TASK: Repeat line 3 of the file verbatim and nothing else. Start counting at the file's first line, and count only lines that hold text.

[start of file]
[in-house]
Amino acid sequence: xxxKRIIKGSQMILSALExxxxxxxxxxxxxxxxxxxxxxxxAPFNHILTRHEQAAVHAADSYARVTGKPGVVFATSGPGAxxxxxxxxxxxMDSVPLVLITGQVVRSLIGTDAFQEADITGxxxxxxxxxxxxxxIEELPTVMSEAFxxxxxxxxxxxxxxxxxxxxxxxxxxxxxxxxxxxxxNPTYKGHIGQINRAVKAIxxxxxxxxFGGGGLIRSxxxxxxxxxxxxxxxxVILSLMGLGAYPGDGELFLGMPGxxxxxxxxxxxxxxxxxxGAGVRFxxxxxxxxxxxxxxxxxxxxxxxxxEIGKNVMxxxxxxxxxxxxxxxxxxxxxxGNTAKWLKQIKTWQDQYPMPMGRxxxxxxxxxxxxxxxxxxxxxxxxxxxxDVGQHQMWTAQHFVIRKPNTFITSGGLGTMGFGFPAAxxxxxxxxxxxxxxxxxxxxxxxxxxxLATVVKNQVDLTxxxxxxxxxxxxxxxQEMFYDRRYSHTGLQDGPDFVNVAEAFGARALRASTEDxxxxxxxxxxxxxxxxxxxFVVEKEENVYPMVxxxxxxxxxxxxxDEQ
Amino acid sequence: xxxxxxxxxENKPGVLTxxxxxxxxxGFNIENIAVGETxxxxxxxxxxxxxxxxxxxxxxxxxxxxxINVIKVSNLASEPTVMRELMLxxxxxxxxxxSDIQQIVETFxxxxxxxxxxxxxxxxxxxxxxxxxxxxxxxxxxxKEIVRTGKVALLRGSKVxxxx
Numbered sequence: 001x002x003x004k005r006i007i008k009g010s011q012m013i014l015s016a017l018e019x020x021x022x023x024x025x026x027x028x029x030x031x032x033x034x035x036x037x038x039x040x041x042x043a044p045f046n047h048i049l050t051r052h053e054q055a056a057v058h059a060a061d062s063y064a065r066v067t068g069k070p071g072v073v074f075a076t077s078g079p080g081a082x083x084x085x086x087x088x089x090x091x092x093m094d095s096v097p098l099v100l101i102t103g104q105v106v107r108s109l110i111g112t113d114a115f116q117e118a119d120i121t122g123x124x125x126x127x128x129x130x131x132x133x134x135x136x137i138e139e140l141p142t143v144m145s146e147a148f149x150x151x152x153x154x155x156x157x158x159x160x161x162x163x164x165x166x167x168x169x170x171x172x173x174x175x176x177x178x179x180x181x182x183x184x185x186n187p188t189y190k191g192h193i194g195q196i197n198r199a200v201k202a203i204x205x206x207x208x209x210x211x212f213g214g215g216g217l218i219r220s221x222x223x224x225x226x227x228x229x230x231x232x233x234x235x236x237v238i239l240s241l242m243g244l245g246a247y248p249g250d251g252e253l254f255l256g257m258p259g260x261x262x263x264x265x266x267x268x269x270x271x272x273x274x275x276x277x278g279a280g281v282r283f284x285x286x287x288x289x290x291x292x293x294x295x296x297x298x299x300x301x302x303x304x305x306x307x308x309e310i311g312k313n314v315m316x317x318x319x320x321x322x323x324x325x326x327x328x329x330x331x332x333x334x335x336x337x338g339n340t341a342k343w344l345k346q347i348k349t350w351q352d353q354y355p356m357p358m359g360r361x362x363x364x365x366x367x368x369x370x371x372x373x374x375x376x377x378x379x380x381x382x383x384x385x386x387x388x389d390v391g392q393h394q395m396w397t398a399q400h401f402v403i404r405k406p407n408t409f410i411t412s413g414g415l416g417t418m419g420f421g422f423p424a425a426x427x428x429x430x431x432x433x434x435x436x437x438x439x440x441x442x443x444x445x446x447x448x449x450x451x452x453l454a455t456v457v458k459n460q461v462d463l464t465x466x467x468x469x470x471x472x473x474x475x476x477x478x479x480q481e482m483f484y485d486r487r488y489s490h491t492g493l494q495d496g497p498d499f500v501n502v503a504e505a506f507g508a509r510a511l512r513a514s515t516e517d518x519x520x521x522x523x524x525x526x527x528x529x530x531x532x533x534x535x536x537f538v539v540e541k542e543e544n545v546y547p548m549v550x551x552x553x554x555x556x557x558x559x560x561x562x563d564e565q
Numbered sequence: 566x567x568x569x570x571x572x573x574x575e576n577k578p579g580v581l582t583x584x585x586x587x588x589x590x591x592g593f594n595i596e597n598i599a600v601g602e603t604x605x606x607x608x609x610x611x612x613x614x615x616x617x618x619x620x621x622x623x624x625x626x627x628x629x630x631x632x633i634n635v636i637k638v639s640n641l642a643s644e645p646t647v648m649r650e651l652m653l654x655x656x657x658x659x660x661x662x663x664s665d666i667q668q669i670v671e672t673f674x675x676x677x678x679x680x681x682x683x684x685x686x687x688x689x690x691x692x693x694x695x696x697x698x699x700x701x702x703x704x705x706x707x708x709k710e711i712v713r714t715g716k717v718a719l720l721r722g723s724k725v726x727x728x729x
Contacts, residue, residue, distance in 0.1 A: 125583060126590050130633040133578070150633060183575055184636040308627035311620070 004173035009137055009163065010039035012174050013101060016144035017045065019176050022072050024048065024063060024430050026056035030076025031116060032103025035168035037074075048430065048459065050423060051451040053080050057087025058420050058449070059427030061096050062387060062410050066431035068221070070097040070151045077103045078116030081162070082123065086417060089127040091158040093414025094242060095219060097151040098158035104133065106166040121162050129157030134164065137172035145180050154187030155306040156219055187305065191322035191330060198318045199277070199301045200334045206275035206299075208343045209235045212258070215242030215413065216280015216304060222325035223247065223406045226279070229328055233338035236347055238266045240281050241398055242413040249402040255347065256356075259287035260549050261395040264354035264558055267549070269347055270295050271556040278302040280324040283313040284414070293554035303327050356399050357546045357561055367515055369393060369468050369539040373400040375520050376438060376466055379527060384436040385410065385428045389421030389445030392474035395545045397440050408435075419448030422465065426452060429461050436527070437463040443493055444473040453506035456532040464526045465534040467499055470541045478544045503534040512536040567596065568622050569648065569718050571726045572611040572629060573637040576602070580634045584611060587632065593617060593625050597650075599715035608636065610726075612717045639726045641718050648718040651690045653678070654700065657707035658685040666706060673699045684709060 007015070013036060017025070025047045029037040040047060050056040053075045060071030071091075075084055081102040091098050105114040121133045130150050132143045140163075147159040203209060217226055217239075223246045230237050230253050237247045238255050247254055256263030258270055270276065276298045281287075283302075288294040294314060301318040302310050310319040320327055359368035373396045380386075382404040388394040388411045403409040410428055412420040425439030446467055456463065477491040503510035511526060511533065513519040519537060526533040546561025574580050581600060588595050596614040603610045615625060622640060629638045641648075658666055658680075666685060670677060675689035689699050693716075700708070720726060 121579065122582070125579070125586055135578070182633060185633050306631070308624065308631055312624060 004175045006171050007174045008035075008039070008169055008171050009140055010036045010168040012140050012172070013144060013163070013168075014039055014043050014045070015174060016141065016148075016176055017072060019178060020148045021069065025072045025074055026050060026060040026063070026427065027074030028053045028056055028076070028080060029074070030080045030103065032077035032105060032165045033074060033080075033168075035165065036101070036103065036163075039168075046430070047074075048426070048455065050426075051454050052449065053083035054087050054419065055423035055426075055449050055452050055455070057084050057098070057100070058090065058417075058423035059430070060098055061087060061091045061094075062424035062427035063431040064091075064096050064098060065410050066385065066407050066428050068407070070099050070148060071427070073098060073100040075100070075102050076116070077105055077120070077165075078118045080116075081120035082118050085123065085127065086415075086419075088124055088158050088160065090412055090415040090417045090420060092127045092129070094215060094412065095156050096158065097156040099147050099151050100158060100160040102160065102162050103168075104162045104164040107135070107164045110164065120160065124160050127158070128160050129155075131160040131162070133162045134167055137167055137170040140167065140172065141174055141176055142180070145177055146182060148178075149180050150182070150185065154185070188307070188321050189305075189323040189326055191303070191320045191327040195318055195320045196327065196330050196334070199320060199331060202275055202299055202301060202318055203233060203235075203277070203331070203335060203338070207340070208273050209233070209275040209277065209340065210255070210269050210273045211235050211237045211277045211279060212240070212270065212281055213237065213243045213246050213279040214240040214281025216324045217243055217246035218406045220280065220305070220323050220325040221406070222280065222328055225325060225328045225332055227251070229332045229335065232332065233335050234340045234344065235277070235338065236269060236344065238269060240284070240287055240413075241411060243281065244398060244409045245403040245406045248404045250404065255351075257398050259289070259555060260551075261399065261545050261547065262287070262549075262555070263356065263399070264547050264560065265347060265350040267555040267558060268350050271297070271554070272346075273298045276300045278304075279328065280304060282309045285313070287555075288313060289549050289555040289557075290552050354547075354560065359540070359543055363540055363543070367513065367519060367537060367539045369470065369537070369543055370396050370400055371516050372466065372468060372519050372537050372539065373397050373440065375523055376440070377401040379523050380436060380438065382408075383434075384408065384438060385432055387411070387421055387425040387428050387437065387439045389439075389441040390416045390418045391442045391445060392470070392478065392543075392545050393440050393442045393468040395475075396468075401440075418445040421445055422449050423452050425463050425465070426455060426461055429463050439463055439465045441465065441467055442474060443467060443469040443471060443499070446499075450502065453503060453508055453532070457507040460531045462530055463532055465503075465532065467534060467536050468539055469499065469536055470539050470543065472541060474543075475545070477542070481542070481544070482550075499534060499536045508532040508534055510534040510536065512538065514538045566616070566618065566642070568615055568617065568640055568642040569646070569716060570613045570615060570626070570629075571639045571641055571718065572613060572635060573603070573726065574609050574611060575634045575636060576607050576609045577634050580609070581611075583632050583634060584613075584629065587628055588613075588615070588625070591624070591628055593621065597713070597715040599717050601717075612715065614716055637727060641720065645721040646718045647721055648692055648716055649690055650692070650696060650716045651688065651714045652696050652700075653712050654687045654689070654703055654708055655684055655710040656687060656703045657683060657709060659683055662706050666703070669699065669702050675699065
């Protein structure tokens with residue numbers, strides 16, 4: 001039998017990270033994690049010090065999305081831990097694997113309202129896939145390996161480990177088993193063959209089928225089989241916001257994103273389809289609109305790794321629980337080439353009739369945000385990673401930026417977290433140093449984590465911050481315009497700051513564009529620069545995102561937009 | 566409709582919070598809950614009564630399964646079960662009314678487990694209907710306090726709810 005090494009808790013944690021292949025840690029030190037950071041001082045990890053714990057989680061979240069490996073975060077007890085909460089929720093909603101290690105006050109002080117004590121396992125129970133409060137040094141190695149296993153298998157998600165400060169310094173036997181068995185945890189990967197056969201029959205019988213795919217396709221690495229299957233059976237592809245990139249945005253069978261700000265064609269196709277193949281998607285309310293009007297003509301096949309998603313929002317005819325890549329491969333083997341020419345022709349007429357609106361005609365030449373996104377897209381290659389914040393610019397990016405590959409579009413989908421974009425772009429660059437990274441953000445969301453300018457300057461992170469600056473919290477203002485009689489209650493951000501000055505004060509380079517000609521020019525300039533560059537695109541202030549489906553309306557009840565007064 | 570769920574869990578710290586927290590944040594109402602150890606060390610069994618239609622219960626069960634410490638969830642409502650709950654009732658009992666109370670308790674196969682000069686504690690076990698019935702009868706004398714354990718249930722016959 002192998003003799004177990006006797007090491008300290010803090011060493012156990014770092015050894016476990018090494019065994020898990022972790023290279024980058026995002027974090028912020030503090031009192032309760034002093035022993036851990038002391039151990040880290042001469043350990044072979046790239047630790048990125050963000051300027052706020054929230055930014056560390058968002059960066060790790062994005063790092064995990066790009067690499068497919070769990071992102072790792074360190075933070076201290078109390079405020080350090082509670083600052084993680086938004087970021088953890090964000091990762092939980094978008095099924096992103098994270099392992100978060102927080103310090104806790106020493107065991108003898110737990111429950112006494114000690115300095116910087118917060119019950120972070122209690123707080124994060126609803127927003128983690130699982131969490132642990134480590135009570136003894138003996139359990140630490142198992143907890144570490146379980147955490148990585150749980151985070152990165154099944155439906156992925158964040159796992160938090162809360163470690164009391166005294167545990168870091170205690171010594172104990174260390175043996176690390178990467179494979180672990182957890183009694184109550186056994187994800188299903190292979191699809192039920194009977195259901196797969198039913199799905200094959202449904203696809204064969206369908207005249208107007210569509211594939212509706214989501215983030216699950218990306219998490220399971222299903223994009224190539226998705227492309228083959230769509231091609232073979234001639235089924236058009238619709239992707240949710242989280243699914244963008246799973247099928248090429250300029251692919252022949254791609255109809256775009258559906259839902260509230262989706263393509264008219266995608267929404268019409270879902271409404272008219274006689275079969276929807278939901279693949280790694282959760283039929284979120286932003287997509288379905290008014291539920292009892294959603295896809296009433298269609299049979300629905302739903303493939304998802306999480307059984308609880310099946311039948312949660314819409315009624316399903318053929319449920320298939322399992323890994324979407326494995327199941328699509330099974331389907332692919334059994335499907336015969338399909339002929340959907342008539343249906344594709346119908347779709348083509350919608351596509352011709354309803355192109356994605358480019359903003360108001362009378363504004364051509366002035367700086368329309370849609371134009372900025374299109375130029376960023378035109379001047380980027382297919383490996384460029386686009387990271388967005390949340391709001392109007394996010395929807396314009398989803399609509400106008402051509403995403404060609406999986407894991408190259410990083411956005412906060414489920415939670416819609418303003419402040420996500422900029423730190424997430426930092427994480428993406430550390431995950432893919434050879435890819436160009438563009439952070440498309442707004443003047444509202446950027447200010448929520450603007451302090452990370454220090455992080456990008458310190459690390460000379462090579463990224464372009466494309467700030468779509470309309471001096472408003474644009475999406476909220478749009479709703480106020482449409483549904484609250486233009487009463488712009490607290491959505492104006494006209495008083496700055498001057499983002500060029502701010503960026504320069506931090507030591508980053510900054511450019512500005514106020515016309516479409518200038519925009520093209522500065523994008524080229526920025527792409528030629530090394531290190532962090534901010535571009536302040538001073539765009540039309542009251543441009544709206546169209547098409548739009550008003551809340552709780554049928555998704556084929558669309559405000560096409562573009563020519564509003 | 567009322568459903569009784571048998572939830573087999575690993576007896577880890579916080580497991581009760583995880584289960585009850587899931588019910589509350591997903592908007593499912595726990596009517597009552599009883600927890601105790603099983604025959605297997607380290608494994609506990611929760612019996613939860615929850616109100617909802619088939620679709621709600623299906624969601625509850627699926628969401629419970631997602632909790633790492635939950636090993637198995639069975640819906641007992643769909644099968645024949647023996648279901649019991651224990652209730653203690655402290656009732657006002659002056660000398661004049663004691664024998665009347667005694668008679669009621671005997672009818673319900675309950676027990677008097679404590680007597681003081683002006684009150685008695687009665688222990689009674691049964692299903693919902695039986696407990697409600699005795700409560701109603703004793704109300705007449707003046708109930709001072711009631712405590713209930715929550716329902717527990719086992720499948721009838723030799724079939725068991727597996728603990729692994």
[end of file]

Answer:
Amino acid sequence: xxxxxxxxxENKPGVLTxxxxxxxxxGFNIENIAVGETxxxxxxxxxxxxxxxxxxxxxxxxxxxxxINVIKVSNLASEPTVMRELMLxxxxxxxxxxSDIQQIVETFxxxxxxxxxxxxxxxxxxxxxxxxxxxxxxxxxxxKEIVRTGKVALLRGSKVxxxx